In 2013, the average annual premiums for employer-sponsored health insurance are $6,251 for single coverage and $17,545 for family coverage. The single premium and the family premium is 4% higher than the 2014 average premiums. During the same period workers’ wages increased 1.9% and inflation decreased by 0.2%.
The cost of health care also jumps drastically when a problem occurs or serious diagnosis is made. At the same time, families must deal with the additional stress of a sick family member and the new issues they face.
To successfully navigate such concerns when they appear in your family, experts agree that education, preparation, and prevention are the best strategies.
At Mission Wealth we can help you navigate such concerns when they appear in your family. Experts agree that education, preparation, and prevention are the best strategies.
As a nation, Americans tend to be a rather healthy group. According to a study by the National Center for Health Statistics, 61 percent of American adults surveyed say they are in very good or excellent health. Despite these cheery statistics, most of us encounter some sort of health problem or major concern at some point in our lives.
35 percent of U.S. adults say that at one time or another they have gone online specifically to try to figure out what medical condition they or someone else might have. When respondents were asked about the accuracy of their initial diagnosis, they reported:
• 41% of online diagnosers say a medical professional confirmed their diagnosis.
• An additional 2% say a medical professional partially confirmed it.
Concerns over personal health can be especially taxing on both your mental well-being and on your wallet. Americans spend billions of dollars on healthcare every year and some people do not have any insurance to help defray the costs. For others, some expenses are covered by health insurance provided through the government or private organizations. However, this coverage can be limited by policy rules, procedures, and regulations. Over the past decade the healthcare system has received massive attention from politicians, media outlets, and government agencies. All realize the importance of providing quality care and securing funds to cover the costs.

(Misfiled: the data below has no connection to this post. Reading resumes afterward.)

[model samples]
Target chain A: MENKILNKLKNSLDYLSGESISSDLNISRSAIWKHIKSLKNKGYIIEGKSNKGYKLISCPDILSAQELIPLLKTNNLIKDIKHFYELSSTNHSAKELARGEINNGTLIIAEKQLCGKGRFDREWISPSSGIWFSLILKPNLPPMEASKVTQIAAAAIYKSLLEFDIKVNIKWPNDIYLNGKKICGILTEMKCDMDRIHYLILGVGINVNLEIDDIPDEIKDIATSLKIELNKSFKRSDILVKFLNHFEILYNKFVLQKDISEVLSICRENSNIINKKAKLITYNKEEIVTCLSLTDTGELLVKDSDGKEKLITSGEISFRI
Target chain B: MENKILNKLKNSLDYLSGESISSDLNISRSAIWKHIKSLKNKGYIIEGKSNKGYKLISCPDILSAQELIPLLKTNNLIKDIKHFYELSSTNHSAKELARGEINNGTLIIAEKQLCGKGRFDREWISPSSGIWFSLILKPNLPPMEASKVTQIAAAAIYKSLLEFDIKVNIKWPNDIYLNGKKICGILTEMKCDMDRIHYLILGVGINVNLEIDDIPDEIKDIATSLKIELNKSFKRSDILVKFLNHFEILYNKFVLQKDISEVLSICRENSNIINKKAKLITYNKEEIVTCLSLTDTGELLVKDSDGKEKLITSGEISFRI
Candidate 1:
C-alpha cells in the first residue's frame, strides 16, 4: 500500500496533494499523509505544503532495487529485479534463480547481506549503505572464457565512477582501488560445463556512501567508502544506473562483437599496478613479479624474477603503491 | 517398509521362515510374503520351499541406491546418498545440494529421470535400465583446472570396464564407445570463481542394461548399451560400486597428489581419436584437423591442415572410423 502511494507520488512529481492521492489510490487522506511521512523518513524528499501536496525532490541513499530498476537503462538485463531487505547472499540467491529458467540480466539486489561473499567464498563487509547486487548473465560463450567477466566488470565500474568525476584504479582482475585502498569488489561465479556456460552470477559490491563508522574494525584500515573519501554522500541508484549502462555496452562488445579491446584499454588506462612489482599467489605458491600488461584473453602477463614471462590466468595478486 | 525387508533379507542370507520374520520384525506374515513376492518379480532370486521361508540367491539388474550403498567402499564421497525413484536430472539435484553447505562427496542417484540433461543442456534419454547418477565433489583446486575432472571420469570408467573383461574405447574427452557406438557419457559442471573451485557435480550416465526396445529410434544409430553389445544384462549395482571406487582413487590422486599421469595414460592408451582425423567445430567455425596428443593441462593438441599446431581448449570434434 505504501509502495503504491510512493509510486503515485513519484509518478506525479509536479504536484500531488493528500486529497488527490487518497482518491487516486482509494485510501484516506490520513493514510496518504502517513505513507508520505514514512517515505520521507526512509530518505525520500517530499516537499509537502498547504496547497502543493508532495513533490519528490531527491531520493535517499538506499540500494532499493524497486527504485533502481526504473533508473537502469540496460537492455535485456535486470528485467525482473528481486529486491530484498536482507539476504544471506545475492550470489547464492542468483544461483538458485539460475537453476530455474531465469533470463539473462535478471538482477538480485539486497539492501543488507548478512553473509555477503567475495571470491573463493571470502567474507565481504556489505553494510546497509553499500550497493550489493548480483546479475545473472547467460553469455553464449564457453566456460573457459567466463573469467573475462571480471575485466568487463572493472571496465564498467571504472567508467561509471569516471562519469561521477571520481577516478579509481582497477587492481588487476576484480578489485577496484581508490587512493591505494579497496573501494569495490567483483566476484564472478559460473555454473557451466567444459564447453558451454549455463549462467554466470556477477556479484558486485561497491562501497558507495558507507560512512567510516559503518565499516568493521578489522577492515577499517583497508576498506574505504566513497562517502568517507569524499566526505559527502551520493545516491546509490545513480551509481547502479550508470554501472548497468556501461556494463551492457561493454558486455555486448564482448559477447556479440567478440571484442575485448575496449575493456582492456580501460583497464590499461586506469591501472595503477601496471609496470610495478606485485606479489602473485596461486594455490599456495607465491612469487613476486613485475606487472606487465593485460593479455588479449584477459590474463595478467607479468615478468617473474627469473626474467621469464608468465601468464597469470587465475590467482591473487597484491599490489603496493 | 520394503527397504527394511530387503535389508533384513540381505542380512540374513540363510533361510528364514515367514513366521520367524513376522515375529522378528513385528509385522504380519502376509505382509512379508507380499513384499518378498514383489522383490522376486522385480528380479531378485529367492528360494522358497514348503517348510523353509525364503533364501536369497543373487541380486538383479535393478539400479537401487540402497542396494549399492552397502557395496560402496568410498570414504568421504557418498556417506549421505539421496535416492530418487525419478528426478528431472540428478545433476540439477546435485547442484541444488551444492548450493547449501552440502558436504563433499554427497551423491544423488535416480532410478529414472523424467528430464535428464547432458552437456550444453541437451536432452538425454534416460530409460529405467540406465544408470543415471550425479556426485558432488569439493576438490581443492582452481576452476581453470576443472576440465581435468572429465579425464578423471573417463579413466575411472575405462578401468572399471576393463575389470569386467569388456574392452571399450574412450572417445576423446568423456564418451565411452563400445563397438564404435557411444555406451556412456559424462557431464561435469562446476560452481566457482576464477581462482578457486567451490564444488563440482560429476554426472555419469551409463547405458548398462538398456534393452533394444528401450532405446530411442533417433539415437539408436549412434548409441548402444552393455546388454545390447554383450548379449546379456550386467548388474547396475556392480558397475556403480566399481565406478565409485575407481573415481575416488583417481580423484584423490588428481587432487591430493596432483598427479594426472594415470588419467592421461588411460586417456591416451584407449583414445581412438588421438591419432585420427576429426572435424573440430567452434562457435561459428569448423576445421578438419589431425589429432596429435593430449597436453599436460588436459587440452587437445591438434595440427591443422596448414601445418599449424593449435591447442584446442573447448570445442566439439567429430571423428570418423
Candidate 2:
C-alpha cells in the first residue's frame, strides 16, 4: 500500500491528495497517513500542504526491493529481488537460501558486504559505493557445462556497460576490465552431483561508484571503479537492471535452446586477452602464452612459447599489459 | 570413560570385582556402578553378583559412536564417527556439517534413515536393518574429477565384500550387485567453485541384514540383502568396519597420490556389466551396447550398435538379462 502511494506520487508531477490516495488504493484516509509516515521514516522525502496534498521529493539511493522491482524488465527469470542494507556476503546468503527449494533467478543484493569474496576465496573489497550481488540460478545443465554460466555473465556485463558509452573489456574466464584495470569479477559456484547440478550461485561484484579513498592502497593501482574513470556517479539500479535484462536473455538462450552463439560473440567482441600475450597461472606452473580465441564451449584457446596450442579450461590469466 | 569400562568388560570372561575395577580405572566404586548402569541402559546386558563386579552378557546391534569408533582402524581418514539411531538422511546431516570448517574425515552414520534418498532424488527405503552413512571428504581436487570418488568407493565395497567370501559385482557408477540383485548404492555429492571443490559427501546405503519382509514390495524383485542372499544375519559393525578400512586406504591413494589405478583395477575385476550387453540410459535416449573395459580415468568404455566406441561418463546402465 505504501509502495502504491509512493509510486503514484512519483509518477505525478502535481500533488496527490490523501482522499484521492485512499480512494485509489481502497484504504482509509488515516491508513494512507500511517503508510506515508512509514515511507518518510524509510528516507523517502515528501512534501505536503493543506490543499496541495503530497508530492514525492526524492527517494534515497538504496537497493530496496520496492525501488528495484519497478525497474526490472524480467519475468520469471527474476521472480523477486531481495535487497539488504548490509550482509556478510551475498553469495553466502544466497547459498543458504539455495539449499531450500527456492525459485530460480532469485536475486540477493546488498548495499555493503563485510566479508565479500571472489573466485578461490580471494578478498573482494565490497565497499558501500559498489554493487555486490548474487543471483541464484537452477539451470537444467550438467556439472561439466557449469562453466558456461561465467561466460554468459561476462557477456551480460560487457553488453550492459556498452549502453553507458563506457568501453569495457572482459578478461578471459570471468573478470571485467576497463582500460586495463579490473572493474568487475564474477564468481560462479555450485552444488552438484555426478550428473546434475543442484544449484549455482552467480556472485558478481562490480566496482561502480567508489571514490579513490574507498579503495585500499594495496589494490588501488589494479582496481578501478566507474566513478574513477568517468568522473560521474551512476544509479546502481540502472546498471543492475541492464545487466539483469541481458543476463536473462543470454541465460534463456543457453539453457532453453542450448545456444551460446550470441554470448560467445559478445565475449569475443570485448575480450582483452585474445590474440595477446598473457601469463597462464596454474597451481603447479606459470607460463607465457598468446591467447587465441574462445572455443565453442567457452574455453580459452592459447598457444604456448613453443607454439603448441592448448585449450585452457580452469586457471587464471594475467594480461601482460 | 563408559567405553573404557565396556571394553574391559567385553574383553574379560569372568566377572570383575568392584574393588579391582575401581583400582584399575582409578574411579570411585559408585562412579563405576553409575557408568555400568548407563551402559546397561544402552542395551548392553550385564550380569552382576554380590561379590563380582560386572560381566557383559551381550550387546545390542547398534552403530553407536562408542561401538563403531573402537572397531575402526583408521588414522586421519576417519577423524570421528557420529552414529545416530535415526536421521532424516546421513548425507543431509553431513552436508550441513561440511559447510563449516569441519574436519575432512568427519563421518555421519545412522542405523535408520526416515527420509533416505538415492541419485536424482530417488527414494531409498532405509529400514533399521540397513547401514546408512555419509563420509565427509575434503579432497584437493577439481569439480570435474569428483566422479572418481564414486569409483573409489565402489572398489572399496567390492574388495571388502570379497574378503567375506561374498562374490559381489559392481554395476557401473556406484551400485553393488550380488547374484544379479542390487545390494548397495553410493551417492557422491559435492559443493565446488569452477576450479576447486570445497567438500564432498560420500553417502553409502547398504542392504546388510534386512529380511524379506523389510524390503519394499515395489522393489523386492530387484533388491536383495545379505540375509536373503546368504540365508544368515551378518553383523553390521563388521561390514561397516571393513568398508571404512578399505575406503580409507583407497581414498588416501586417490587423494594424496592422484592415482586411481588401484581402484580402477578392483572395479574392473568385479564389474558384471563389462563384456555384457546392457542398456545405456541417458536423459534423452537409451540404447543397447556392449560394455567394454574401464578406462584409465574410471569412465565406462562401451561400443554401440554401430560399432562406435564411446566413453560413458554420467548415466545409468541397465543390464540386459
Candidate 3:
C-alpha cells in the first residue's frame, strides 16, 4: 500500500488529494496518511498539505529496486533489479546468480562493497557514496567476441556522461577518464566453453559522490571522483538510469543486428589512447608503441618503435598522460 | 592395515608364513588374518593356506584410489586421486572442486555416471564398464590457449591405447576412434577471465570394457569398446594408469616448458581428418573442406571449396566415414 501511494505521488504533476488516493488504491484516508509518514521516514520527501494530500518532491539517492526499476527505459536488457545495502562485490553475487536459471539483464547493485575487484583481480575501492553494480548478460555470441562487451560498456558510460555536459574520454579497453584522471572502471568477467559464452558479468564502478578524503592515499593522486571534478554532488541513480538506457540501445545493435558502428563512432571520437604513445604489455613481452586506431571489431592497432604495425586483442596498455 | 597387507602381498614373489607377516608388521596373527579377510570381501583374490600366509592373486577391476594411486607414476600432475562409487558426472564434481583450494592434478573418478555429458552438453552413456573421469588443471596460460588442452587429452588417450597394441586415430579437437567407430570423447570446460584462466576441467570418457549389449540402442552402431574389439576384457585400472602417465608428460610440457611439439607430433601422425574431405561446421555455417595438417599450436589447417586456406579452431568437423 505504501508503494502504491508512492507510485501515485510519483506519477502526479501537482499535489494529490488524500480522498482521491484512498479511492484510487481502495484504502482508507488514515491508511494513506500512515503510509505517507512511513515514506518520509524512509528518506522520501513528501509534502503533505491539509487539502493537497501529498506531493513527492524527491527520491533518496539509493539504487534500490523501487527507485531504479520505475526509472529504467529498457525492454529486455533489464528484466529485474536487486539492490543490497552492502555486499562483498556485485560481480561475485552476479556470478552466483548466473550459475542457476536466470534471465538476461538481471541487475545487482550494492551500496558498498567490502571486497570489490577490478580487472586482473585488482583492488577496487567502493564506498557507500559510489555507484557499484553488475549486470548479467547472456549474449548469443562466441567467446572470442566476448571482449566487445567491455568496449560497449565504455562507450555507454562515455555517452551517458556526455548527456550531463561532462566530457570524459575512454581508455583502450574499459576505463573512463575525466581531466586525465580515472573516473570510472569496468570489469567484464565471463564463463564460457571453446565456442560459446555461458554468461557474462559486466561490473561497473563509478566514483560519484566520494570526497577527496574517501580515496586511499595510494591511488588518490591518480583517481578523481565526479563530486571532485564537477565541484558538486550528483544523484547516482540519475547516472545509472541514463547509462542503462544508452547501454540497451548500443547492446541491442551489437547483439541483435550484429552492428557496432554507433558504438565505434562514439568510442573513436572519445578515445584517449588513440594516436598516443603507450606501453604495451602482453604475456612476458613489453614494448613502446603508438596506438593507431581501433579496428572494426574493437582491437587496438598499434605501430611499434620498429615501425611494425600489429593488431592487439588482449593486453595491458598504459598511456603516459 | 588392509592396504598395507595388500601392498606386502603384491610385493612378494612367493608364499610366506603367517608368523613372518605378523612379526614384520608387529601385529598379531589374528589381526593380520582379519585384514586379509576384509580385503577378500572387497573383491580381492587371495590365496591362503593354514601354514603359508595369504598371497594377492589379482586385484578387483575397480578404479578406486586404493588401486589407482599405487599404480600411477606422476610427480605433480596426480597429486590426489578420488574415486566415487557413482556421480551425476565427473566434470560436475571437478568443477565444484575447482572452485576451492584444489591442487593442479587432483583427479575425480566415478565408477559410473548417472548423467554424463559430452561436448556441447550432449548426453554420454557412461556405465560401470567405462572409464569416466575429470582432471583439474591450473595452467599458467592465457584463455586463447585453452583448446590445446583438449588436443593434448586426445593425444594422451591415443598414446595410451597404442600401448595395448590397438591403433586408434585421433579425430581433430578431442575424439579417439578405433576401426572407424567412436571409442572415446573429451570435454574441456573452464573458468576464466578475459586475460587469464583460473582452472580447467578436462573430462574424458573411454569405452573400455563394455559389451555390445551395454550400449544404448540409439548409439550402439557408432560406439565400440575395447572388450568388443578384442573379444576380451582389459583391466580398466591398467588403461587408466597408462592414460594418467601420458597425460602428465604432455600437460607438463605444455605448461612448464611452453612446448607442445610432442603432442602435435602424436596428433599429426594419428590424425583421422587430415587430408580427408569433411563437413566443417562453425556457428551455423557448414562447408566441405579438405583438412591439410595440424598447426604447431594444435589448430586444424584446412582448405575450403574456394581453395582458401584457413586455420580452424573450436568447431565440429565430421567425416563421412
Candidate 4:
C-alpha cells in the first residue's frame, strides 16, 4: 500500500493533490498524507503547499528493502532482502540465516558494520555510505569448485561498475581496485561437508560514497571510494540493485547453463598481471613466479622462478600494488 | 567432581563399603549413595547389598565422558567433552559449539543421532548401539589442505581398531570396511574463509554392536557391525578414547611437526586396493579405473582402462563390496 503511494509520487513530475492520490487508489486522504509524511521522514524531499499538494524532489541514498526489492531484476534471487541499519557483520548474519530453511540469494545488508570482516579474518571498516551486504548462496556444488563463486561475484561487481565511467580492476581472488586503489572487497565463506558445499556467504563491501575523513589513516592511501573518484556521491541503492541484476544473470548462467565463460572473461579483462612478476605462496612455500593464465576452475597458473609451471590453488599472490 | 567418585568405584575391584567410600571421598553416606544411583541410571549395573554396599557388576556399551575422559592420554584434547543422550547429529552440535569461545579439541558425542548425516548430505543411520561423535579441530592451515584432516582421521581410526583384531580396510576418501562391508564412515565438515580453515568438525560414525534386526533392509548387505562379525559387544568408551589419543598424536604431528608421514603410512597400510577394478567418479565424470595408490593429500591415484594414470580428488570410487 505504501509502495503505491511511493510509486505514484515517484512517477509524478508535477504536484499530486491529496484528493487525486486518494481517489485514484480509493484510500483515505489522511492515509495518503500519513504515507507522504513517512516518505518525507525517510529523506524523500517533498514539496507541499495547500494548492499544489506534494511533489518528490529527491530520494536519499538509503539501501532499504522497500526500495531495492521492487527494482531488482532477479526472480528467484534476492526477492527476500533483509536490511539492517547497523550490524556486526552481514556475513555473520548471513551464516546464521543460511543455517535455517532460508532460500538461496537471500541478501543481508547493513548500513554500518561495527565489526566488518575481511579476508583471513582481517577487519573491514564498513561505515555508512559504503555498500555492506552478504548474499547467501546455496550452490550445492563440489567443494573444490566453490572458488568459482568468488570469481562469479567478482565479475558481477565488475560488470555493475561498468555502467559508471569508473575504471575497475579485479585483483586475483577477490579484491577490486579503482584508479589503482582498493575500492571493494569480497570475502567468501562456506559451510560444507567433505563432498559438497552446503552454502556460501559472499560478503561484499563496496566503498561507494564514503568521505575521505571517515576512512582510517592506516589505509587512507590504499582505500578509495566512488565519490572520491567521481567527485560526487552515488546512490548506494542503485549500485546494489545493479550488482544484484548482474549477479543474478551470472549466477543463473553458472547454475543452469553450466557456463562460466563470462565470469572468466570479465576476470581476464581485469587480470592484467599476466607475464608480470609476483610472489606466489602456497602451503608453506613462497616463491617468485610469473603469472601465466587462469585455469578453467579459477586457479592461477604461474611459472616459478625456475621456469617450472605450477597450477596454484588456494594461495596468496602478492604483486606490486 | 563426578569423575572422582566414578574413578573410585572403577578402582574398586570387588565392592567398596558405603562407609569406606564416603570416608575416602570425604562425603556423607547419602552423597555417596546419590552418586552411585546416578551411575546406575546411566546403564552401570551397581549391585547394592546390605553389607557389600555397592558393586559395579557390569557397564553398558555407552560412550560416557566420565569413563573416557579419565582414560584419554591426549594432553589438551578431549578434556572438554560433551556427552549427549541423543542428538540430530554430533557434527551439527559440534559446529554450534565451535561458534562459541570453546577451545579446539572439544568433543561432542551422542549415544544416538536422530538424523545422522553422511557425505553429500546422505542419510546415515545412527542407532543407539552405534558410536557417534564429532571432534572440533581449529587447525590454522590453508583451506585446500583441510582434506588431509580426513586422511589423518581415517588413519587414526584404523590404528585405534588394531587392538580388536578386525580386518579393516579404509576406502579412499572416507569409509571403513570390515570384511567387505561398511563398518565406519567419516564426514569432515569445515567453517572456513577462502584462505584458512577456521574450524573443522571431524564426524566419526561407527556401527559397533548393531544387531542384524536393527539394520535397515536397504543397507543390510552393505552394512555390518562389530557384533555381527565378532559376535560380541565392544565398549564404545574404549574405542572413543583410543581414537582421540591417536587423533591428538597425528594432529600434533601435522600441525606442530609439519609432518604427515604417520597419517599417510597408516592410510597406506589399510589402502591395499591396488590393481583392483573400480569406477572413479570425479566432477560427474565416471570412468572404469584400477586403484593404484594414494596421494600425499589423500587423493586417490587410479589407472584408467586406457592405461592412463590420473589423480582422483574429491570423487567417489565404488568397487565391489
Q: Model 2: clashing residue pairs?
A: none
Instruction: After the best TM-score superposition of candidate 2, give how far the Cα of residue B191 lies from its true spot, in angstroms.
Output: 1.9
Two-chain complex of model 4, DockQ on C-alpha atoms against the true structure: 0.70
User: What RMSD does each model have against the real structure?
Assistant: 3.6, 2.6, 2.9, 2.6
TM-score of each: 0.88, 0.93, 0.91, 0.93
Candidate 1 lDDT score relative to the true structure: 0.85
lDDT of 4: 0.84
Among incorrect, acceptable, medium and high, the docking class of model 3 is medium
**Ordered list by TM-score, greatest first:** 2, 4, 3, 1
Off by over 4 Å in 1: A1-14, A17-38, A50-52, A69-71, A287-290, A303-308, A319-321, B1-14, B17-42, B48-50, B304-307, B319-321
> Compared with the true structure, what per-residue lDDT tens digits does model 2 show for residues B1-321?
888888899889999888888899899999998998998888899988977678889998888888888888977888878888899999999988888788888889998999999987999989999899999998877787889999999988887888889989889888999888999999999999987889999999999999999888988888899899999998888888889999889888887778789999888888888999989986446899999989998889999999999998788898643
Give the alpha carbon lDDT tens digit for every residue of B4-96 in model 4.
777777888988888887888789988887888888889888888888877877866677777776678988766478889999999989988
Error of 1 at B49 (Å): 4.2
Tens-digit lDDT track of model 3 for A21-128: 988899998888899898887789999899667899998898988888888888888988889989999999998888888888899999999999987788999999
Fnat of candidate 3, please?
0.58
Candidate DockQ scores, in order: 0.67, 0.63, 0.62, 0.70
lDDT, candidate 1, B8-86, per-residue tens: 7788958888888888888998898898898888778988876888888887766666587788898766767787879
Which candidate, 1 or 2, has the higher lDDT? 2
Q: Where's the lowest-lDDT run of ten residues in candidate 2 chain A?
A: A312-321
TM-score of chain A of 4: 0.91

While the major players try to repair the system, you, the average citizen, must take proactive steps to ensure your own health. A great way to start is to plan in advance for major health issues that may arise. Put savings away for emergency needs and find a reliable health insurance policy. If you already have a concern, educate yourself and begin to take calculate the costs of diagnosis and treatment. Any steps you take in advance will help alleviate stress and allow you to focus on getting better.
Millions of people provide care for elderly, ill, or handicapped family members across America. For some this care can be difficult to balance with other responsibilities, such as work and family. Others find that they do not have the skills or necessary training to provide the required care. These families look to professional care-givers for help. Some choose to take their loved ones to hospitals or institutions that specialize in the care needed while others hire personnel to provide care at home. In-home care-giving continues to be one of the fastest growing sectors of the healthcare industry as our population ages and in-home care offers an inexpensive and comforting alternative to hospital stays.